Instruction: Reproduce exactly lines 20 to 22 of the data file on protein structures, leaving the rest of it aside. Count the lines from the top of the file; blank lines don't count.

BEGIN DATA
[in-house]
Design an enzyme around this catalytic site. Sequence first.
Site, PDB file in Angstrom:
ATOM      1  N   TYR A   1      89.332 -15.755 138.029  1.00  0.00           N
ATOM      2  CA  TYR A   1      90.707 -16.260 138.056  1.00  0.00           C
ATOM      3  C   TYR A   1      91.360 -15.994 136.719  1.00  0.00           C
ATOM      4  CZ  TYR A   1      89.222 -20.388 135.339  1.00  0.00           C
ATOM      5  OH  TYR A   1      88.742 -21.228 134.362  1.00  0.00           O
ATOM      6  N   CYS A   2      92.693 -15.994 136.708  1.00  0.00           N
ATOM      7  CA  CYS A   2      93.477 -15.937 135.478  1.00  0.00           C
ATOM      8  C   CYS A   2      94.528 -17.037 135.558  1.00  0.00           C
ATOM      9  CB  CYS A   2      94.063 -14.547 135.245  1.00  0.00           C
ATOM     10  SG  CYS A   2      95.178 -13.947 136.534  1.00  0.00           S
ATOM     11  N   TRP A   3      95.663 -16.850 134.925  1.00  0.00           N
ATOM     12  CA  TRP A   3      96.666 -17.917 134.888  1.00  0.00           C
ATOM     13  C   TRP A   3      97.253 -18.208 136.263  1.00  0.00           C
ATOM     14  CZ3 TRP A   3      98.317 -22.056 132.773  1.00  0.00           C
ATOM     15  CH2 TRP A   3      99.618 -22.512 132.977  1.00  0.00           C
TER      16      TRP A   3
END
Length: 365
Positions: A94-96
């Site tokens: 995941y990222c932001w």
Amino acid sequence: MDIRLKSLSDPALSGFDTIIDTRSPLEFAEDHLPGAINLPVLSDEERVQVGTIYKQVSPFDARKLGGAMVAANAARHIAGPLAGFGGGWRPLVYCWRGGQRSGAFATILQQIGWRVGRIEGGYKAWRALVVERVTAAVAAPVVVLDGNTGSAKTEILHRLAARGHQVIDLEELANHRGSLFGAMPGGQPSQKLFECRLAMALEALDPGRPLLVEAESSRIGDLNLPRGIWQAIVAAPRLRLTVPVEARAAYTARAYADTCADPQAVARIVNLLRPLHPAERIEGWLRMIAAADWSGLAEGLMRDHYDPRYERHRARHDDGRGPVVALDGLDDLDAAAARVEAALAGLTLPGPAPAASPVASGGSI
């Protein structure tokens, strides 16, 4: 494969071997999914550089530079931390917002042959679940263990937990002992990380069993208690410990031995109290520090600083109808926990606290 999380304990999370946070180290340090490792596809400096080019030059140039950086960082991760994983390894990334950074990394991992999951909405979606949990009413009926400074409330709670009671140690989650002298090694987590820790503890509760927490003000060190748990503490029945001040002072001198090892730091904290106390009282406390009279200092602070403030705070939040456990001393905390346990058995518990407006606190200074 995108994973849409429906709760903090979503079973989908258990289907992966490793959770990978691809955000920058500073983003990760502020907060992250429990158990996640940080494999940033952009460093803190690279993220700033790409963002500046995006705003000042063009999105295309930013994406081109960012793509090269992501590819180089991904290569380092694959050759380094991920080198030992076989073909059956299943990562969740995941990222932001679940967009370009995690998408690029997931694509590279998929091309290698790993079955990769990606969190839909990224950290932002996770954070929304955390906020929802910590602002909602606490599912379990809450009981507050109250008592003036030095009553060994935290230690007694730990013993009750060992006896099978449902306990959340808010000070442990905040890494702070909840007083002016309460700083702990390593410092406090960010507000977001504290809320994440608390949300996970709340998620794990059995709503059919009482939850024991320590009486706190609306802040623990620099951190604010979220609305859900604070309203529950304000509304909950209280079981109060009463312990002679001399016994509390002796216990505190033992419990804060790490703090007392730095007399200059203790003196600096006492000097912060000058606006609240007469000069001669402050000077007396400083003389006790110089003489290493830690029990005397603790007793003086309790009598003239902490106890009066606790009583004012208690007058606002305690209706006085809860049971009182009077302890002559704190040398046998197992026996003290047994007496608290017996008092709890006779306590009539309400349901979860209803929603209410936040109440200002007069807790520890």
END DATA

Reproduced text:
END
Length: 365
Positions: A94-96